The man who controls the Senate

By | June 21, 2021

Evan Osnos writes:

On a frosty night in February, Joe Manchin III, the senior senator from West Virginia, invited a few colleagues over for dinner aboard the houseboat he docks on the Potomac. In the past, opponents have sought to highlight the vessel for political effect; a 2018 advertisement by the National Republican Senatorial Committee called it a “$700,000 D.C. luxury yacht.” (In response, Manchin’s office reported that he bought it, used, for two hundred and twenty thousand dollars.) The boat—which he named Almost Heaven, after John Denver’s description of West Virginia in “Take Me Home, Country Roads”—resembles a small ferry; it is sixty-five feet long and boxy, with tinted windows. It serves as a residence on the nights he is in Washington, but also as a political prop. For voters who dislike the government, it allows Manchin, a seventy-three-year-old Democrat in his third term, to say that he could weigh anchor and escape anytime; for friends in politics, it provides an offshore venue for the kind of casual evening that Manchin considers vital to politics.

On this occasion, Manchin and his wife, Gayle, were joined by Senators Jon Tester, Democrat of Montana, and Susan Collins, Republican of Maine—who, along with Manchin, occupy a small island of centrists in a fiercely divided Congress. Collins told me recently, “It’s increasingly a lonely place to be.” Hours earlier, in the impeachment trial of former President Donald Trump, for inciting the insurrection at the Capitol on January 6th, Collins had been one of seven Republicans who joined Democrats in pronouncing him guilty. But the final tally was 57-43, ten votes short of conviction. To those who had hoped that the defiling of the Capitol and the assault on police would at last break Trump’s grip on his party, the result was dismal.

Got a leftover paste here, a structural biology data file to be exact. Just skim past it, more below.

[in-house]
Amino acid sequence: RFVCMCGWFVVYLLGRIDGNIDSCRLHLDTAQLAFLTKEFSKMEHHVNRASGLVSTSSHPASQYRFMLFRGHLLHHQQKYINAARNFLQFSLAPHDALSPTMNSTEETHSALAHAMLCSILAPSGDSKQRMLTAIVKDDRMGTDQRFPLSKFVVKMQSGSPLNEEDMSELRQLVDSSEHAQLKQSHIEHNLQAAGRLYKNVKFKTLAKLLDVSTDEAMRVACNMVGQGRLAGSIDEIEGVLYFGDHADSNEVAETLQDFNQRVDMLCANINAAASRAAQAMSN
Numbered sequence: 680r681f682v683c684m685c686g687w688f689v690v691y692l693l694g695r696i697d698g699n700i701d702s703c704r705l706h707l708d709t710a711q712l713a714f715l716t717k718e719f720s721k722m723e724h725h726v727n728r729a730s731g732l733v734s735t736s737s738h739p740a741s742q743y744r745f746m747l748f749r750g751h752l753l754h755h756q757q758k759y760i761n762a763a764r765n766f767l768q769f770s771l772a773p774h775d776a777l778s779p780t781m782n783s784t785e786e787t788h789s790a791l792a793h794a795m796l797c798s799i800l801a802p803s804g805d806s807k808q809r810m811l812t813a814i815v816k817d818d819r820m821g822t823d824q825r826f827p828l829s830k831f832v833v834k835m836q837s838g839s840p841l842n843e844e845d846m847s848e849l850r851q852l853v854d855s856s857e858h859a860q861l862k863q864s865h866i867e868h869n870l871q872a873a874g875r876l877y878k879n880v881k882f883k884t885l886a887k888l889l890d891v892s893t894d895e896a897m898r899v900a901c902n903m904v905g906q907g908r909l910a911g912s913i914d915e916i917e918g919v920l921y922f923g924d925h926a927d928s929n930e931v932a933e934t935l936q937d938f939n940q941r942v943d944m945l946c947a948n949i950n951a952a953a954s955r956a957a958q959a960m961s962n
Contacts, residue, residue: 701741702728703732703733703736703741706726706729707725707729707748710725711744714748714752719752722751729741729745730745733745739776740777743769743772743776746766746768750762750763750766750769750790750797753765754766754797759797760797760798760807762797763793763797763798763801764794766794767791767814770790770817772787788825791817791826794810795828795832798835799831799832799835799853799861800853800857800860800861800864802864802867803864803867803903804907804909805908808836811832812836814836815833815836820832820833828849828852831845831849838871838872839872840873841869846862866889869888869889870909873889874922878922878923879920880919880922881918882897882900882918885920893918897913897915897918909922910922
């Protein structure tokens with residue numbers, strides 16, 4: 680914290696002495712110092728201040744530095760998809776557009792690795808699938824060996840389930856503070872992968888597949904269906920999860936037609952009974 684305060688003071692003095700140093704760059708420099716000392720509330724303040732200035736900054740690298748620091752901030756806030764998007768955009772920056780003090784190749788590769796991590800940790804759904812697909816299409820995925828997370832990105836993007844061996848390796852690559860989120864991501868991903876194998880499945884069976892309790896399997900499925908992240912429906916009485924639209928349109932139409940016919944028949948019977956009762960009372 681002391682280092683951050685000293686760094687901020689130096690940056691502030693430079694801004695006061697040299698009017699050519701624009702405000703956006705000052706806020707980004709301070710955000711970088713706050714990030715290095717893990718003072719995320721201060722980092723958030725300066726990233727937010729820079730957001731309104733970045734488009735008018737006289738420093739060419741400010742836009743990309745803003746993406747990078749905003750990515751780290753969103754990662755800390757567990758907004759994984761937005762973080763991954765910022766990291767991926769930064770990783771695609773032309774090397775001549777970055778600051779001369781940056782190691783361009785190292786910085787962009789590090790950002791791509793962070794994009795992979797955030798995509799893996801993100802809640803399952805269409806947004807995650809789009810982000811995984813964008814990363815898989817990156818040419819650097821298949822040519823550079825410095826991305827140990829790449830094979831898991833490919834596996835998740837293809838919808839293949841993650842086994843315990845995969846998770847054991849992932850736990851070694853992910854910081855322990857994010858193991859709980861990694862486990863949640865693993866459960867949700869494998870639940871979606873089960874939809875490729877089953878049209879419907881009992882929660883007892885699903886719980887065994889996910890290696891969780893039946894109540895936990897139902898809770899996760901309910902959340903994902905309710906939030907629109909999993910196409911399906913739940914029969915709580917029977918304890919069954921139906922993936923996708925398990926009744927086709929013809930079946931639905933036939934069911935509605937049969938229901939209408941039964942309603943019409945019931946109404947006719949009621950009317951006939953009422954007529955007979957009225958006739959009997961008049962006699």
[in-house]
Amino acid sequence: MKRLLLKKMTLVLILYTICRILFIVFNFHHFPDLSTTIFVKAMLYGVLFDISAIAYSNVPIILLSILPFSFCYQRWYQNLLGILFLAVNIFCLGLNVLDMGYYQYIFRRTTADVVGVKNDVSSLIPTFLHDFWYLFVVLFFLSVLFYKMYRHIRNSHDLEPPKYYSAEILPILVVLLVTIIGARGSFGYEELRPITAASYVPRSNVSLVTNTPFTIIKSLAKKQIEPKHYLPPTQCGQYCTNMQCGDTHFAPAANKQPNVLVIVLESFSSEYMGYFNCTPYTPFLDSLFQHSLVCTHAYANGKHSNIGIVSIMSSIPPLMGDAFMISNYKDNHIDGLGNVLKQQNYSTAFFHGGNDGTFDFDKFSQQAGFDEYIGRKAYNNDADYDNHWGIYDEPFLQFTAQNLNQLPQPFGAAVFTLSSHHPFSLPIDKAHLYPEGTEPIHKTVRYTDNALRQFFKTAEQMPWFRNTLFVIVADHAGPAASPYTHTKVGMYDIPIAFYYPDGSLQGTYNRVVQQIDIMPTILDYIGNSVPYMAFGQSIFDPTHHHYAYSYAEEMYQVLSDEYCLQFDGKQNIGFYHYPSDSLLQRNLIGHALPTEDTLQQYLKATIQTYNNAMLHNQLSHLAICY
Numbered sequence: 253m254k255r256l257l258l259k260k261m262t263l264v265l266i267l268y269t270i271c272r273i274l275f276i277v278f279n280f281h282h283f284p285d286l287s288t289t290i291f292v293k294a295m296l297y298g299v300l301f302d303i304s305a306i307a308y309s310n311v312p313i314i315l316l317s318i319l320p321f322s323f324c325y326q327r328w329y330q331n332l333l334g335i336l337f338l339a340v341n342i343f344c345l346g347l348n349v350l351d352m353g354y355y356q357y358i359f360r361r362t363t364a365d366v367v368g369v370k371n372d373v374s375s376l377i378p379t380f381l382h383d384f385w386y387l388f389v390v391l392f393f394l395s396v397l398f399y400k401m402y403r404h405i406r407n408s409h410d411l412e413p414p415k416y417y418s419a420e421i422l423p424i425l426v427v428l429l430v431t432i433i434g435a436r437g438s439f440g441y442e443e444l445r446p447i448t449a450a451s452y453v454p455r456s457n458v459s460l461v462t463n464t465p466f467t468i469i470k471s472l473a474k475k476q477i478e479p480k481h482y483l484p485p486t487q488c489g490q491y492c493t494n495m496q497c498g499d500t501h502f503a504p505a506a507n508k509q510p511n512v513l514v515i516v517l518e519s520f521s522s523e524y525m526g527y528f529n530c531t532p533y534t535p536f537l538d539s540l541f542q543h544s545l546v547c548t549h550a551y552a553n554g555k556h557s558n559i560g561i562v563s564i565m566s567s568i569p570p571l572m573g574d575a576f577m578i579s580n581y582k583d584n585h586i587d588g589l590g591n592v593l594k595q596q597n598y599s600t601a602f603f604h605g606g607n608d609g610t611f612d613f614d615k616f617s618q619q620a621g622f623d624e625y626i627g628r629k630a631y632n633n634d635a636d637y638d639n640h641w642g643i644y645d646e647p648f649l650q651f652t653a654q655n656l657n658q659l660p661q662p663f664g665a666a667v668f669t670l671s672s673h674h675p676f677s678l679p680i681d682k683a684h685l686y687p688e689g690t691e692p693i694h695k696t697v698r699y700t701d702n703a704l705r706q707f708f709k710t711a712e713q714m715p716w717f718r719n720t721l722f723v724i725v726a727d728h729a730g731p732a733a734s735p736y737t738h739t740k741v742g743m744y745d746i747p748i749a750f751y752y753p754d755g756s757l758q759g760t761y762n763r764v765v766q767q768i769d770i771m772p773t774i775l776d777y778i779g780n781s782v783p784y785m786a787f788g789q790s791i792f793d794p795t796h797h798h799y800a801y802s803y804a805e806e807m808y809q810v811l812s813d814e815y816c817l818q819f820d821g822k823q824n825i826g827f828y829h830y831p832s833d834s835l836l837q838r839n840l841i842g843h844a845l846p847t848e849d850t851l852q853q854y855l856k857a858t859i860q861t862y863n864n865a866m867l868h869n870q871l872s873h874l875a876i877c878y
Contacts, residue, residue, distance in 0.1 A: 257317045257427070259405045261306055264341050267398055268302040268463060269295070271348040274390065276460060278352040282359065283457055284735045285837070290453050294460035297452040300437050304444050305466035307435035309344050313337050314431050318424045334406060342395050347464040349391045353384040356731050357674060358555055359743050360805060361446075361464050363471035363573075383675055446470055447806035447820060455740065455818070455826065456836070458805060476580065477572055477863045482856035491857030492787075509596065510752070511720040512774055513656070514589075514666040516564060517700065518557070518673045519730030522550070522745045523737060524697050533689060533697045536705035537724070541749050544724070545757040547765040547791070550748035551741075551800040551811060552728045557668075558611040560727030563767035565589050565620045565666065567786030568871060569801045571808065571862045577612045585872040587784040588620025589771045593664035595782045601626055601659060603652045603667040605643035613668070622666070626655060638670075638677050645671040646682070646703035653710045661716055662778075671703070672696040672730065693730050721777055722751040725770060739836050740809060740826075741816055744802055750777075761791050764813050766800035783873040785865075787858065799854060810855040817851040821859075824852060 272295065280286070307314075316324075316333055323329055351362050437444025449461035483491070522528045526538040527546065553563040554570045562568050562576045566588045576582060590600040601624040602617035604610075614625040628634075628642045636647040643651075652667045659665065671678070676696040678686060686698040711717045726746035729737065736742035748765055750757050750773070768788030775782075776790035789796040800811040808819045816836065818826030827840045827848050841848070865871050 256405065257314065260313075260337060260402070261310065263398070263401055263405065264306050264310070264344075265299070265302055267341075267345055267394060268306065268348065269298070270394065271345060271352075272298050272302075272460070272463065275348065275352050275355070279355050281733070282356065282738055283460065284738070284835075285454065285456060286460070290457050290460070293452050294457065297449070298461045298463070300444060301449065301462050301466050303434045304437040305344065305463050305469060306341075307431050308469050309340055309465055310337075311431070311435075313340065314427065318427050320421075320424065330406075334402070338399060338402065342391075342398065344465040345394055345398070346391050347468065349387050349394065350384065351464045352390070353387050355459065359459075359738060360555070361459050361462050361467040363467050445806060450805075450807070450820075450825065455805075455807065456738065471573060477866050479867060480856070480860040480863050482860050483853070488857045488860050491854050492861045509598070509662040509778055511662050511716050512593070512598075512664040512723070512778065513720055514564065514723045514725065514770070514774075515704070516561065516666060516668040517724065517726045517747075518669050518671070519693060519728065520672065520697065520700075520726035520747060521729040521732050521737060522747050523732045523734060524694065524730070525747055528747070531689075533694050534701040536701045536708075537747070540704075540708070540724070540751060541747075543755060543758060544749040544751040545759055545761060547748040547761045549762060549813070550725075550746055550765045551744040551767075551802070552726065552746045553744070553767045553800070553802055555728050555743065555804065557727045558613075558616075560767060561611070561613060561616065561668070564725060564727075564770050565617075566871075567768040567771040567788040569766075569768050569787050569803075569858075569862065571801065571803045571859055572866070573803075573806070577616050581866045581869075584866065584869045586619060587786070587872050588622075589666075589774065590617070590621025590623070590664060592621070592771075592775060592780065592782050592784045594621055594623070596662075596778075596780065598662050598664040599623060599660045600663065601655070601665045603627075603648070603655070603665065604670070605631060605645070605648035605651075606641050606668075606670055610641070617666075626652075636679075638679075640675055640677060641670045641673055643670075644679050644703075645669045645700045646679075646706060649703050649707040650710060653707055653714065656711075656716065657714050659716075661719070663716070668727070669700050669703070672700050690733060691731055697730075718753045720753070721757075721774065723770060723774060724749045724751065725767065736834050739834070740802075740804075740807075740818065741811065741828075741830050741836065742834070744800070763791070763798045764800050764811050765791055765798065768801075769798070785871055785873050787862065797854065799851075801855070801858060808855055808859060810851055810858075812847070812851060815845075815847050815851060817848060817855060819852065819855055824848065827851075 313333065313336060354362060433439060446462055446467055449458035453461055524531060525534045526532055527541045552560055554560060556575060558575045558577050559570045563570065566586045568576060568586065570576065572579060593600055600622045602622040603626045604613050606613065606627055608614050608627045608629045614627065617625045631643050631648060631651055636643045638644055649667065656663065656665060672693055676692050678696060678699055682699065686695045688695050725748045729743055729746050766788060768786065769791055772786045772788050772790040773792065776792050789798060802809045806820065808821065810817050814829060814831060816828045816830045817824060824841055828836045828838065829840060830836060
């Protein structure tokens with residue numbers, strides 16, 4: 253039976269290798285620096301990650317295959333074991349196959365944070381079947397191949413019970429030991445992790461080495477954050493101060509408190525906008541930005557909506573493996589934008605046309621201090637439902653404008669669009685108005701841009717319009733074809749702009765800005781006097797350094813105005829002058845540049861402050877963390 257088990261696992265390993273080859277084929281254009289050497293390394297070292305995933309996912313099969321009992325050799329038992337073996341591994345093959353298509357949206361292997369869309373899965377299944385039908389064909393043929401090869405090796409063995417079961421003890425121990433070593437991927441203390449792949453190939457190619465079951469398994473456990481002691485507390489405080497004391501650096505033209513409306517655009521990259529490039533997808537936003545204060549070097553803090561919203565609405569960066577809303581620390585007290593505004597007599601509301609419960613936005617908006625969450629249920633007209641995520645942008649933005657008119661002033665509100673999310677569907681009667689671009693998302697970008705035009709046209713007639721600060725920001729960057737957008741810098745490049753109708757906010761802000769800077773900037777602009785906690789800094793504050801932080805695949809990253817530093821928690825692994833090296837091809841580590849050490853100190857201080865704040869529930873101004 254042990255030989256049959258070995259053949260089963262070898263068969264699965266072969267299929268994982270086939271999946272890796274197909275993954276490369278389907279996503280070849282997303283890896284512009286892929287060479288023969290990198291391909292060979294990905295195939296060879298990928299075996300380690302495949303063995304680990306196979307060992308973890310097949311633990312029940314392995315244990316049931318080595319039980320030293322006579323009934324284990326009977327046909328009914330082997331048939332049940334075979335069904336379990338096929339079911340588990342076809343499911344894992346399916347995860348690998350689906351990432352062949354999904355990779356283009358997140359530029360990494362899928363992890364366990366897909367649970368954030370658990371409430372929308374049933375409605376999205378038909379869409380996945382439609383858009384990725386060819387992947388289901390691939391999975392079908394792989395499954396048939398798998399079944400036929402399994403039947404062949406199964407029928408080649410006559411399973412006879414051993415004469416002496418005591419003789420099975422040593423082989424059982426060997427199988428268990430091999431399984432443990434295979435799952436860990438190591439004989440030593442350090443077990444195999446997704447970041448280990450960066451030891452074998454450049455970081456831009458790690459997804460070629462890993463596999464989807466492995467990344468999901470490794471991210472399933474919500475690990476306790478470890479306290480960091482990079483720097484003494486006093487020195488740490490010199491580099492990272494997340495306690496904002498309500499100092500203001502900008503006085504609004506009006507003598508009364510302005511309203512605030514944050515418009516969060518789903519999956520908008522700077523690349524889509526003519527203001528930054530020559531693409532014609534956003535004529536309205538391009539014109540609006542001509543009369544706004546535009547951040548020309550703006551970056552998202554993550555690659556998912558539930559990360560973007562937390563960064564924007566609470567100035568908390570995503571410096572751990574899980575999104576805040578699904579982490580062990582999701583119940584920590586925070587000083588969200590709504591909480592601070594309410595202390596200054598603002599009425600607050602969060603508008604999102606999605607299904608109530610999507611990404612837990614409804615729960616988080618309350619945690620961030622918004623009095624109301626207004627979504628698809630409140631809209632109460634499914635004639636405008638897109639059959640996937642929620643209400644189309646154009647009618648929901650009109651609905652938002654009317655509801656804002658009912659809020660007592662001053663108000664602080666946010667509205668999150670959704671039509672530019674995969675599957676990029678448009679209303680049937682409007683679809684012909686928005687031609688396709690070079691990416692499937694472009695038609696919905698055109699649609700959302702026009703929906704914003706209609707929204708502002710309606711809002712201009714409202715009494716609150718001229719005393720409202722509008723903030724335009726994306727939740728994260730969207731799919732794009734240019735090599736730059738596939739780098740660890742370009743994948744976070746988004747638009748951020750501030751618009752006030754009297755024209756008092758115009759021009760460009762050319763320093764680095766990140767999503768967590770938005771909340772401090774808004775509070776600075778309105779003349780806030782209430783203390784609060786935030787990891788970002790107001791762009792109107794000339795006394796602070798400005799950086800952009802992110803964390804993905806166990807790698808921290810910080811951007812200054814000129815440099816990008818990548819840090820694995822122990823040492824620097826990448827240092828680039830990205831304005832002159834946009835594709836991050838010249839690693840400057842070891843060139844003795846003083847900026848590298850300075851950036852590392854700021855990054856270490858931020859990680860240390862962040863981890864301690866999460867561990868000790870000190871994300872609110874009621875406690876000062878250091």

On board, Manchin’s guests ate Gayle’s spaghetti and meatballs, while he fixed the drinks. After a few hours, Tester started making his way home to his apartment across town, but as he went down the gangplank he found that it had become coated with ice. “My feet go to the ceiling,” he recalled recently. Manchin reached out to grab him, at which point he also fell. Both men started sliding. Tester’s foot hit the water. “I was looking for anything to grab,” he said. “I finally got a piece of metal and stopped. Joe did, too.” Tester was bleeding from his left hand; he asked Manchin if he was all right. “He says, ‘I think I broke my thumb.’ ” (Doctors put Manchin in a brace, but he took it off after a few weeks.)

In another year, the prospect of losing two Democratic senators overboard in an ice storm might be greeted with a certain wry resignation among Washington’s political class. This year, it inspires panic, at least among Democrats: in a 50-50 Senate, the Party’s agenda is only one vote—or one heartbeat—from oblivion. Manchin, in particular, holds extraordinary power. As perhaps the Senate’s most conservative Democrat, he often breaks from the Party, which gives him a de-facto veto over a large swath of the Administration’s agenda. [Continue reading…]

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